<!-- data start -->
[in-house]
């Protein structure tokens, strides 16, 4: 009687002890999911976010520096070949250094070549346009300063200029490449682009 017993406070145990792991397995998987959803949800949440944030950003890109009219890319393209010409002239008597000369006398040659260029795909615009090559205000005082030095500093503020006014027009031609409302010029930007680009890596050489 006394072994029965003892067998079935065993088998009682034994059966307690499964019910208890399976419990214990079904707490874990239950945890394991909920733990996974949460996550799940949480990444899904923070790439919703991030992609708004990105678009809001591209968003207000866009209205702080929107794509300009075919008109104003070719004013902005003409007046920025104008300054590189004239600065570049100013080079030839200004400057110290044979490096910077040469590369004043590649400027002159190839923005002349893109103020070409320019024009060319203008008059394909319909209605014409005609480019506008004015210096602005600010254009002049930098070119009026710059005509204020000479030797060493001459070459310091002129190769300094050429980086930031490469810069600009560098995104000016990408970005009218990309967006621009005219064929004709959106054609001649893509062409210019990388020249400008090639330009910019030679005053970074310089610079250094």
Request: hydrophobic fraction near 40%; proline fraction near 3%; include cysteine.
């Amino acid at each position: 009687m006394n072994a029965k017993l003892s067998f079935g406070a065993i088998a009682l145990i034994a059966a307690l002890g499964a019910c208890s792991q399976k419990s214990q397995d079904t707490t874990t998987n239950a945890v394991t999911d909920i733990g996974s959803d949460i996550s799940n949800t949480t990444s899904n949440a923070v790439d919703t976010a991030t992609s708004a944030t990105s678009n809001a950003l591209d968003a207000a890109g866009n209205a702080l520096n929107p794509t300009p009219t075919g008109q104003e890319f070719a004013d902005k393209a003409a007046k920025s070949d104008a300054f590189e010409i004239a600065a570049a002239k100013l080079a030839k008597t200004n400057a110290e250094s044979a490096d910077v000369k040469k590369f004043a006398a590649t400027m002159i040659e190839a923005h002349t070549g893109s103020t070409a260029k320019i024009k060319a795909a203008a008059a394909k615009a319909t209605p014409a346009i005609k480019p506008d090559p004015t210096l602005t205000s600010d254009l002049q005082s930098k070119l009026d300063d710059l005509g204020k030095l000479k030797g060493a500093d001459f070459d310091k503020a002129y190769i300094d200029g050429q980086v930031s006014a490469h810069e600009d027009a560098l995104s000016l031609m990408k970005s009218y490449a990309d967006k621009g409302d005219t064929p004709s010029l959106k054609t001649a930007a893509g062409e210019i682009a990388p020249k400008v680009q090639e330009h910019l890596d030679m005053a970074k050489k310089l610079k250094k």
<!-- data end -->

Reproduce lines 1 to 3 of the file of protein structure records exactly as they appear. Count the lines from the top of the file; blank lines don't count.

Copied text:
[in-house]
């Protein structure tokens, strides 16, 4: 009687002890999911976010520096070949250094070549346009300063200029490449682009 017993406070145990792991397995998987959803949800949440944030950003890109009219890319393209010409002239008597000369006398040659260029795909615009090559205000005082030095500093503020006014027009031609409302010029930007680009890596050489 006394072994029965003892067998079935065993088998009682034994059966307690499964019910208890399976419990214990079904707490874990239950945890394991909920733990996974949460996550799940949480990444899904923070790439919703991030992609708004990105678009809001591209968003207000866009209205702080929107794509300009075919008109104003070719004013902005003409007046920025104008300054590189004239600065570049100013080079030839200004400057110290044979490096910077040469590369004043590649400027002159190839923005002349893109103020070409320019024009060319203008008059394909319909209605014409005609480019506008004015210096602005600010254009002049930098070119009026710059005509204020000479030797060493001459070459310091002129190769300094050429980086930031490469810069600009560098995104000016990408970005009218990309967006621009005219064929004709959106054609001649893509062409210019990388020249400008090639330009910019030679005053970074310089610079250094």
Request: hydrophobic fraction near 40%; proline fraction near 3%; include cysteine.